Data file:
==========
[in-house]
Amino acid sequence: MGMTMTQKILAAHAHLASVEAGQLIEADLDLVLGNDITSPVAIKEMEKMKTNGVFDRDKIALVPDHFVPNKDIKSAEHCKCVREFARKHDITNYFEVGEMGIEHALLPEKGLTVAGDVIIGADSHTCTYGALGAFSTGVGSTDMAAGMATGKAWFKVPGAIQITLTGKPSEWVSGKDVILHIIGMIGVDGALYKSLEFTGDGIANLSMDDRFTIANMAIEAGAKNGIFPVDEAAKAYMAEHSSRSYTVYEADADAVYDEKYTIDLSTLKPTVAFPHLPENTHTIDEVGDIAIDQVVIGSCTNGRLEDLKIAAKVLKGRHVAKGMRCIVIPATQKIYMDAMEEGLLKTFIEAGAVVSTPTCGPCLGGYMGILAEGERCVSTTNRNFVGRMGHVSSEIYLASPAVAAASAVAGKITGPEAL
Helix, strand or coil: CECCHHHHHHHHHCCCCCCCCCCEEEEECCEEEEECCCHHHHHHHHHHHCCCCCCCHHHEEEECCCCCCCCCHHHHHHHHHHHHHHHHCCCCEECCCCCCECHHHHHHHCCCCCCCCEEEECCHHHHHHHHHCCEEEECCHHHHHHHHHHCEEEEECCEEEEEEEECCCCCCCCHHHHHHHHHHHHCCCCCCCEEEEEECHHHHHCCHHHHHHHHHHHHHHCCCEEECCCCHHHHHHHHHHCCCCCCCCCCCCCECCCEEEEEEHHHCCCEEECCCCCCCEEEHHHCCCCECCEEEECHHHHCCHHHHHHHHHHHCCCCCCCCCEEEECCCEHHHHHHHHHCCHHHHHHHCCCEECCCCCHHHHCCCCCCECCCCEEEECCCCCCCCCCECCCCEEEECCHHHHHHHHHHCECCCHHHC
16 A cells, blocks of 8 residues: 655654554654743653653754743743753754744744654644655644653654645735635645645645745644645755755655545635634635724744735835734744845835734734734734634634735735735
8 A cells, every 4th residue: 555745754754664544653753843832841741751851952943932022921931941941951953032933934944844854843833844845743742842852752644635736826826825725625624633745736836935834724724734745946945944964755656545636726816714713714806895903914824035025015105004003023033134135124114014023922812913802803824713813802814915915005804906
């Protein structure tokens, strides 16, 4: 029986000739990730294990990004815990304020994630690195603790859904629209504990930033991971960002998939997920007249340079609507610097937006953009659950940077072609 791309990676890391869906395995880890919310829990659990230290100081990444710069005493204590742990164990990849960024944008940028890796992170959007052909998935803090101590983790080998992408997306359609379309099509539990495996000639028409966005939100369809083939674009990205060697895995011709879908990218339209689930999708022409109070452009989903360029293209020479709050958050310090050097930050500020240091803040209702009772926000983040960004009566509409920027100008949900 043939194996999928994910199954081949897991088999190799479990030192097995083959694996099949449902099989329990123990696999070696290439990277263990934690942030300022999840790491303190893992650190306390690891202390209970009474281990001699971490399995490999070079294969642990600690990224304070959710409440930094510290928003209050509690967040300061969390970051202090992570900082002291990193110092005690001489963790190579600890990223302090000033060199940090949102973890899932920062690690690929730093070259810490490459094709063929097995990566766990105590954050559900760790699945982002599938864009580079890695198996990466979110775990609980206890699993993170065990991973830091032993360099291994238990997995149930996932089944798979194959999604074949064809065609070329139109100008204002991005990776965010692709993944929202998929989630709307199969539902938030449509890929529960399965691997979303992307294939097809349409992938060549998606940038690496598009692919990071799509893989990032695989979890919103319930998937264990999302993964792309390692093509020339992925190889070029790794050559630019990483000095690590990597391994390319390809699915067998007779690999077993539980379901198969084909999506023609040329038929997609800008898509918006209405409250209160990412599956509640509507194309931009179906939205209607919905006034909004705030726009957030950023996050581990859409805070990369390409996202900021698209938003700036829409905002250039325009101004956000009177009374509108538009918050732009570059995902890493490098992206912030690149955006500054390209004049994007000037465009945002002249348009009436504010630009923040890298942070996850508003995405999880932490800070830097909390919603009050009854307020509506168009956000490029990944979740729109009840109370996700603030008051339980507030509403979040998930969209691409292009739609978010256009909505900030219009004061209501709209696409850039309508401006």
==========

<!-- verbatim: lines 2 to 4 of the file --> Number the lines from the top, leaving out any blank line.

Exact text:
Amino acid sequence: MGMTMTQKILAAHAHLASVEAGQLIEADLDLVLGNDITSPVAIKEMEKMKTNGVFDRDKIALVPDHFVPNKDIKSAEHCKCVREFARKHDITNYFEVGEMGIEHALLPEKGLTVAGDVIIGADSHTCTYGALGAFSTGVGSTDMAAGMATGKAWFKVPGAIQITLTGKPSEWVSGKDVILHIIGMIGVDGALYKSLEFTGDGIANLSMDDRFTIANMAIEAGAKNGIFPVDEAAKAYMAEHSSRSYTVYEADADAVYDEKYTIDLSTLKPTVAFPHLPENTHTIDEVGDIAIDQVVIGSCTNGRLEDLKIAAKVLKGRHVAKGMRCIVIPATQKIYMDAMEEGLLKTFIEAGAVVSTPTCGPCLGGYMGILAEGERCVSTTNRNFVGRMGHVSSEIYLASPAVAAASAVAGKITGPEAL
Helix, strand or coil: CECCHHHHHHHHHCCCCCCCCCCEEEEECCEEEEECCCHHHHHHHHHHHCCCCCCCHHHEEEECCCCCCCCCHHHHHHHHHHHHHHHHCCCCEECCCCCCECHHHHHHHCCCCCCCCEEEECCHHHHHHHHHCCEEEECCHHHHHHHHHHCEEEEECCEEEEEEEECCCCCCCCHHHHHHHHHHHHCCCCCCCEEEEEECHHHHHCCHHHHHHHHHHHHHHCCCEEECCCCHHHHHHHHHHCCCCCCCCCCCCCECCCEEEEEEHHHCCCEEECCCCCCCEEEHHHCCCCECCEEEECHHHHCCHHHHHHHHHHHCCCCCCCCCEEEECCCEHHHHHHHHHCCHHHHHHHCCCEECCCCCHHHHCCCCCCECCCCEEEECCCCCCCCCCECCCCEEEECCHHHHHHHHHHCECCCHHHC
16 A cells, blocks of 8 residues: 655654554654743653653754743743753754744744654644655644653654645735635645645645745644645755755655545635634635724744735835734744845835734734734734634634735735735